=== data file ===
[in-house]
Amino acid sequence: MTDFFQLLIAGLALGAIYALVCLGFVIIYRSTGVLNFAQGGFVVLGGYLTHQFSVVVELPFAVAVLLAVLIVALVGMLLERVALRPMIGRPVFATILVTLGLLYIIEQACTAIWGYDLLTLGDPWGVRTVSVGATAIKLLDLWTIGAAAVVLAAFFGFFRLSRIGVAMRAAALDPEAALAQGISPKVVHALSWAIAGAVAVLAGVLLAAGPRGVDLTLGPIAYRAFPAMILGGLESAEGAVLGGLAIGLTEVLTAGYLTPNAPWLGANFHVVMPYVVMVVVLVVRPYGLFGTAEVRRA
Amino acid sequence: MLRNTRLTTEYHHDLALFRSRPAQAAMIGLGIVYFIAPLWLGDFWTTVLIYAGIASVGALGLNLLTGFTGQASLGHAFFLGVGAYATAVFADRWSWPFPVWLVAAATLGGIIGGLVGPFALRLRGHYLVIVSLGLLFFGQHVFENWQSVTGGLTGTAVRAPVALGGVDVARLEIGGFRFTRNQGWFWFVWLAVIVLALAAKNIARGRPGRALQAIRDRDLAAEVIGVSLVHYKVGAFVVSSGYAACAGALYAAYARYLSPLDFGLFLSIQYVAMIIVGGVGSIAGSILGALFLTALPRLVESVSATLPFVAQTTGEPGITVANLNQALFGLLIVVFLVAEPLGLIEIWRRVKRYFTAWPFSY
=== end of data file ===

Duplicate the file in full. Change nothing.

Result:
[in-house]
Amino acid sequence: MTDFFQLLIAGLALGAIYALVCLGFVIIYRSTGVLNFAQGGFVVLGGYLTHQFSVVVELPFAVAVLLAVLIVALVGMLLERVALRPMIGRPVFATILVTLGLLYIIEQACTAIWGYDLLTLGDPWGVRTVSVGATAIKLLDLWTIGAAAVVLAAFFGFFRLSRIGVAMRAAALDPEAALAQGISPKVVHALSWAIAGAVAVLAGVLLAAGPRGVDLTLGPIAYRAFPAMILGGLESAEGAVLGGLAIGLTEVLTAGYLTPNAPWLGANFHVVMPYVVMVVVLVVRPYGLFGTAEVRRA
Amino acid sequence: MLRNTRLTTEYHHDLALFRSRPAQAAMIGLGIVYFIAPLWLGDFWTTVLIYAGIASVGALGLNLLTGFTGQASLGHAFFLGVGAYATAVFADRWSWPFPVWLVAAATLGGIIGGLVGPFALRLRGHYLVIVSLGLLFFGQHVFENWQSVTGGLTGTAVRAPVALGGVDVARLEIGGFRFTRNQGWFWFVWLAVIVLALAAKNIARGRPGRALQAIRDRDLAAEVIGVSLVHYKVGAFVVSSGYAACAGALYAAYARYLSPLDFGLFLSIQYVAMIIVGGVGSIAGSILGALFLTALPRLVESVSATLPFVAQTTGEPGITVANLNQALFGLLIVVFLVAEPLGLIEIWRRVKRYFTAWPFSY